The 2003-present logo.
|Traded as||Euronext: UBI|
|Key people||Yves Guillemot
(Chairman and CEO)
|Revenue||€1.256 billion (2012)|
|Operating income||€87.9 million (2012)|
|Net income||€3.9 million (2012)|
|Divisions||Ubisoft Motion Pictures|
The company’s worldwide presence includes 29 studios in 19 countries; the company has subsidiaries in 26 countries. Ubisoft is currently the third-largest independent game publisher in the world, only behind Activision Blizzard and Electronic Arts(EA), as well as in Europe and the United States. The company’s largest development studio is Ubisoft Montreal in Canada, currently employing about 2,100 people.
In Ubisoft’s 2008–2009 fiscal year, the company’s revenue was €1.256 billion, reaching the 1 billion euro milestone for the first time in the company’s history. Ubisoft has created its own film division, called, “Ubisoft Motion Pictures”, which creates shows and films based on the company’s games.
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In March 1986, the five brothers of the Guillemot family founded Ubisoft as a computer game publisher in Carentoir, a small village located in the Morbihan department of the Brittany region, in France. Yves Guillemot soon made deals with Electronic Arts, Sierra On-Line, and MicroProse to distribute their games in France. By the end of the decade, Ubisoft began expanding to other markets, including the United States, the United Kingdom, and Germany. In the early 90s, Ubisoft initiated its in-house game development program which led to the 1994 opening of a studio in Montreuil, France, which later became their administrative and commercial head office, even if the company continues to register their headquarters in Rennes. Ubisoft became a publicly traded company in 1996 and continued to expand to offices around the globe, opening locations in Annecy, Shanghai, Montreal and Milan.
In the late 1990s and early 2000s, Ubisoft committed itself to online games by getting behind Uru: Ages Beyond Myst, The Matrix Online, and the European and Chinese operation of EverQuest. The publisher established ubi.com as its online division. However, in February 2004, Ubisoft cancelled the online portion of Uru and backed out of the publishing deal on The Matrix Online.
In March 2001, Gores Technology Group sold The Learning Company’s entertainment division (which includes games originally published by Brøderbund, Mattel, Mindscape and Strategic Simulations, Inc.) to them. The sale included the rights to IPs such as the Myst and Prince of Persia series. In July 2006, Ubisoft also bought the Driver franchise from Atari for a sum of €19 million (US$24 million) in cash for the franchise, technology rights, and most assets. In July 2008, Ubisoft made the acquisition of Hybride Technologies, a Montreal-based studio renowned for its expertise in the creation of visual effects for cinema, television and advertising. In November 2008, Ubisoft acquired Massive Entertainment from Activision. In January 2013, Ubisoft acquired South Park: The Stick of Truth from THQ for $3.265 million.
In December 2004, rival gaming corporation Electronic Arts purchased a 19.9% stake in the firm, an action Ubisoft referred to as "hostile" on EA’s part.
Ubisoft announced plans in 2013 to invest $373 million into its Quebec operations over seven years, a move that will generate 500 additional jobs in the province.
The publisher is investing in the expansion of its motion capture technologies, and consolidating its online games operations and infrastructure in Montreal.
The significant investment is expected to generate 500 jobs in Quebec over a seven year period. By 2020, the company will employ more than 3,500 staff at its studios in Montreal and Quebec City.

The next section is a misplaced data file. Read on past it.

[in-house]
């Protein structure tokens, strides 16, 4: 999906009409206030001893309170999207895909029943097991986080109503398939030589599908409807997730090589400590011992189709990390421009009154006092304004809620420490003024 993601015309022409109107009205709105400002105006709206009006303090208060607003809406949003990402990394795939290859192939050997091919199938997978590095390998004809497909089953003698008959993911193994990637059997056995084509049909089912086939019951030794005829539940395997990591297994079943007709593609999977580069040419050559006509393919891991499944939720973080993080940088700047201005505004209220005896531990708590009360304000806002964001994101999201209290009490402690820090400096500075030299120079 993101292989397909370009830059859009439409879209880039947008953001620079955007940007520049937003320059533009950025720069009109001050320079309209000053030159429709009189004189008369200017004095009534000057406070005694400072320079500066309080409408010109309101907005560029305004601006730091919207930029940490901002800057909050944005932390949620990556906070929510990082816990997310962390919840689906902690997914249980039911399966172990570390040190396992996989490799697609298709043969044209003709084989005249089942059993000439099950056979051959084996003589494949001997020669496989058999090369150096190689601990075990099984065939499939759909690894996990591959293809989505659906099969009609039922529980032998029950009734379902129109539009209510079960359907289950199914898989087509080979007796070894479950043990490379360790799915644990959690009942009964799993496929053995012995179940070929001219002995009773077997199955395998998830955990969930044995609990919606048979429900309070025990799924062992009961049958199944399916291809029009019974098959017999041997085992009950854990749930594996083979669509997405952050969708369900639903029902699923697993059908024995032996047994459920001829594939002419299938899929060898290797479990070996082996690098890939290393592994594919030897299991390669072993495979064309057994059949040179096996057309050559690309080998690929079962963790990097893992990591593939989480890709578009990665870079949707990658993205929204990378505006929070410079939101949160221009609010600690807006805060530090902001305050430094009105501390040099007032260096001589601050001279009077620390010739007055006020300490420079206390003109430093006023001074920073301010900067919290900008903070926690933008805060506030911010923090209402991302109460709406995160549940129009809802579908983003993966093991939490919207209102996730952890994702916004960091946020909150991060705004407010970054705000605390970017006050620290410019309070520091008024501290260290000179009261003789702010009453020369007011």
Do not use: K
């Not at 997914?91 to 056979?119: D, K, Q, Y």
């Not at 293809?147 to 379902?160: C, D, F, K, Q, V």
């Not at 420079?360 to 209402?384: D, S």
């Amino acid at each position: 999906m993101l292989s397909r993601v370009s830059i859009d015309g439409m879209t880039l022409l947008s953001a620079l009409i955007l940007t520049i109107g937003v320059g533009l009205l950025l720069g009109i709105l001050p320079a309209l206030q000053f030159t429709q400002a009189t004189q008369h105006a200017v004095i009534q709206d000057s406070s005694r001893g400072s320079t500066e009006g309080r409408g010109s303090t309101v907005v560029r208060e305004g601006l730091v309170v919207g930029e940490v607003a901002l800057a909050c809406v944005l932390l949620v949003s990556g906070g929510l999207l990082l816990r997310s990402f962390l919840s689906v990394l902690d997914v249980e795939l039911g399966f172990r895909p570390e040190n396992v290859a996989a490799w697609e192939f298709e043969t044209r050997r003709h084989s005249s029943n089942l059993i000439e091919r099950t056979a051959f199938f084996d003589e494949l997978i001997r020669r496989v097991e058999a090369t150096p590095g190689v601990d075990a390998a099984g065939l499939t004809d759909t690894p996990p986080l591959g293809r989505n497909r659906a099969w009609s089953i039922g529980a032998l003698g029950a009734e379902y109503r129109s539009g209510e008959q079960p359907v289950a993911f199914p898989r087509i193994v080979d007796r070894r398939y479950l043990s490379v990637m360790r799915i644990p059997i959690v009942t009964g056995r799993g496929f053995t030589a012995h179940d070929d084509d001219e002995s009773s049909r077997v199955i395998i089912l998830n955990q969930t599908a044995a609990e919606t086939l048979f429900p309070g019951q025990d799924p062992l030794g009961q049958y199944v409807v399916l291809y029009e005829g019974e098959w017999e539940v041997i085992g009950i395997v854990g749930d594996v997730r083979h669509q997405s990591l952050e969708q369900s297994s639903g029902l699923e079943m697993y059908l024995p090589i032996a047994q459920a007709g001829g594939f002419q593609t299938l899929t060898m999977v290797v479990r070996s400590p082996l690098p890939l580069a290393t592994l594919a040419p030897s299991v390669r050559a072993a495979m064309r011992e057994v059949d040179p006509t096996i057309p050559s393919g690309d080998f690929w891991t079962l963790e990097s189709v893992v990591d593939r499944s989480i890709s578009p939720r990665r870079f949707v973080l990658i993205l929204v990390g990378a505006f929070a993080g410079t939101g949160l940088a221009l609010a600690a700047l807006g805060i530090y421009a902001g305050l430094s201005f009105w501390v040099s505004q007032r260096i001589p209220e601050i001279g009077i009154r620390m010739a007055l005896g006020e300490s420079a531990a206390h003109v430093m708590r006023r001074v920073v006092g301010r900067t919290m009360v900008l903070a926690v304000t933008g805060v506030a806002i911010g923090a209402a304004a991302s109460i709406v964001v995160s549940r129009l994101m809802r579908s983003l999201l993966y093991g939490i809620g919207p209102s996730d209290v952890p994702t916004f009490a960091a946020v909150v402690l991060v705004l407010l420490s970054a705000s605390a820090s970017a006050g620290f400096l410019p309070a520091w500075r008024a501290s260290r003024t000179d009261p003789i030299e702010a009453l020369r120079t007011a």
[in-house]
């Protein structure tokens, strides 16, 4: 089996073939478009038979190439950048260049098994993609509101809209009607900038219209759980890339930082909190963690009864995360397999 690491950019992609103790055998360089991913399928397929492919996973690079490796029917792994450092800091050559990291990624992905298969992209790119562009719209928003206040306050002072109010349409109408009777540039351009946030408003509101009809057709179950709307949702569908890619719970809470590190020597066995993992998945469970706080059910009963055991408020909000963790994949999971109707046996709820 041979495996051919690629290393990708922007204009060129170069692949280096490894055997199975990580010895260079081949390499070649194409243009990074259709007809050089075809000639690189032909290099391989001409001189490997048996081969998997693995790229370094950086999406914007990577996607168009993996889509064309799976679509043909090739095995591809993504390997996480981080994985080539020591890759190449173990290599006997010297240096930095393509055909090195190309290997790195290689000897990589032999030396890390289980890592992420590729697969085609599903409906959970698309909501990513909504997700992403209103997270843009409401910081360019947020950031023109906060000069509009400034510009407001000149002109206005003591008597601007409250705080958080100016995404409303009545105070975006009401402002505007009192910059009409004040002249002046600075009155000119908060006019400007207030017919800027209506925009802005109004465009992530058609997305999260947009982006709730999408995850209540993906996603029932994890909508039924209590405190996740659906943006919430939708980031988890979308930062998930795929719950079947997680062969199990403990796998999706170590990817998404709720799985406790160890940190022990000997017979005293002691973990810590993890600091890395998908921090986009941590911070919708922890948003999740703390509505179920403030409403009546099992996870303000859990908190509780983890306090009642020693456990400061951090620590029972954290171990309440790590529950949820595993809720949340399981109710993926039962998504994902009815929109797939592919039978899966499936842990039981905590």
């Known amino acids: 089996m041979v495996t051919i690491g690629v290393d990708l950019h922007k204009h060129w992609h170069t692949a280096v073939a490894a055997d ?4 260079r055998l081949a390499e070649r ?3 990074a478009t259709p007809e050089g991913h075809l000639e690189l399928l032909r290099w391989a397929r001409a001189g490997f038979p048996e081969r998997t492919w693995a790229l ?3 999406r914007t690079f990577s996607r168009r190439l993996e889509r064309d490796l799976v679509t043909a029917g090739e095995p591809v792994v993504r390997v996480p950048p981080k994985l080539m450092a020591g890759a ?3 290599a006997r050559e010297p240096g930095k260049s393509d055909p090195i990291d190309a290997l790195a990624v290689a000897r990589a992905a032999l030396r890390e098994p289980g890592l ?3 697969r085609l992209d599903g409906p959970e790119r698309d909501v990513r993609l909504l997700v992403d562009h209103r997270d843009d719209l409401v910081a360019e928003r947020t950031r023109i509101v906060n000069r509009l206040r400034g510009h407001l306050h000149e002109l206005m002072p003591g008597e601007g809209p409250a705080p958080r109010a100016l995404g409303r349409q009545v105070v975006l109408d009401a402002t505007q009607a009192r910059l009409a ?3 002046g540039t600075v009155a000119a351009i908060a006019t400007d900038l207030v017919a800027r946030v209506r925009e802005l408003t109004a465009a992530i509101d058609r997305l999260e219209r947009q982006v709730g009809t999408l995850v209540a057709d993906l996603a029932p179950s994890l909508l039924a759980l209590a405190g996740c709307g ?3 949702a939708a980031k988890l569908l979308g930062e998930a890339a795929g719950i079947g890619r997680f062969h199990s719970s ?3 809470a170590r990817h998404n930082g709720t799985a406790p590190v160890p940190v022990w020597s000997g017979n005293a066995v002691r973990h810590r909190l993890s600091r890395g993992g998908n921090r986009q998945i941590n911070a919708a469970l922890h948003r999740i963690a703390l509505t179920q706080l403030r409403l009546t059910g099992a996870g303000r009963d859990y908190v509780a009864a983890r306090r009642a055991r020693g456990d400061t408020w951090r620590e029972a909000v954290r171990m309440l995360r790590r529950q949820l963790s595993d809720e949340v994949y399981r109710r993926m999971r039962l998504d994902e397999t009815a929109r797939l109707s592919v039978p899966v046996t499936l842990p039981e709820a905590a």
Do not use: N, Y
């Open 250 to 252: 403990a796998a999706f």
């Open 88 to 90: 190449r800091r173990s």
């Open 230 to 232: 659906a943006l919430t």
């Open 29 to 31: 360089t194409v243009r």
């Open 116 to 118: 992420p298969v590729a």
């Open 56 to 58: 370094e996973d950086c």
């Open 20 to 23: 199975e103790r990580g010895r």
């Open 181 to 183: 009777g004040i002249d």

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As the world’s fourth largest video game company as of 2009, Ubisoft studios employs the second largest amount of in-house development staff in the world and has several divisions and offices across the globe. While some were founded by Ubisoft, others have been acquired over time:
- Future Games of London in London, United Kingdom, founded in 2009, acquired on 1 October 2013.
- Hybride Technologies, acquired 8 July 2008.
- Nadeo in Issy-les-Moulineaux, Paris, France, founded in 2000. Acquired in 5 October 2009.
- RedLynx, acquired in November 2011.
- Related Designs in Mainz, founded in January 1995, acquired a 30% stake in the company on 11 April 2007, fully acquired in April 2013.
- Sunflowers Interactive Entertainment Software GmbH in Heusenstamm, Germany, founded in 1993, acquired on 11 April 2007.
- THQ Montreal, acquired 22 January 2013.
- Ubisoft Abu Dhabi, located at media city twofour54 in the emirate of Abu Dhabi, United Arab Emirates. This studio opened its doors in December 2011, and it is the first ever gaming development studio in the Middle East that was launched by a multi-millionaire video games publishing company. The studio is also responsible for launching twofour54’s gaming academy.
- Ubisoft Annecy – best known for developing the multiplayer for Assassin’s Creed series.
- Ubisoft Barcelona, started 1998.
- Ubisoft Blue Byte (former Blue Byte Software) in Düsseldorf, Germany, founded in 1988, acquired February 2001.
- Ubisoft Bulgaria in Sofia, started 2006.
- Ubisoft Casablanca
- Ubisoft Chengdu, started on 17 September 2007.
- Ubisoft Germany in Düsseldorf, started in 1995, acquired Gamebusters in October 2001 and merged employees.
- Ubisoft Japan, started in 1994.
- Ubisoft Massive in Malmö, Sweden, founded as Massive Entertainment in 1997, acquired from Vivendi Games on 10 November 2008.
- Ubisoft Milan, started in early 1998.
- Ubisoft Montpellier, acquired Tiwak in 2004 and merged employees. Developer of Rayman Origins, From Dust, and Tintin: Secret of the Unicorn. Michel Ancel is a developer for this division.
- Ubisoft Montreal, started in 1997 as Ubisoft Divertissements Inc., acquired the Canadian division of MC2-Microïds (Microïds Canada) and integrated it into eventually merged into this division in March 2005.
- Ubisoft Nagoya, started in September 1996 as "Digital Kids". Acquired by Ubisoft in 2008.
- Ubisoft Paris, made games such as Rayman Raving Rabbids 2, Red Steel, Red Steel 2, and XIII.
- Ubisoft Poland, opened in 2008.
- Ubisoft Pune, started on 1 May 2008 after acquiring the Pune Gameloft studio in India.
- Ubisoft Quebec, started 1 June 2005, based in Quebec City, Quebec, Canada
- Ubisoft Red Storm (formerly Red Storm Entertainment) based in Morrisville, North Carolina, United States, founded in 1996 and acquired in August 2000.
- Ubisoft Reflections in Newcastle upon Tyne, United Kingdom, founded in 1984 as Reflections Interactive and acquired in 26 August 2006, from Atari.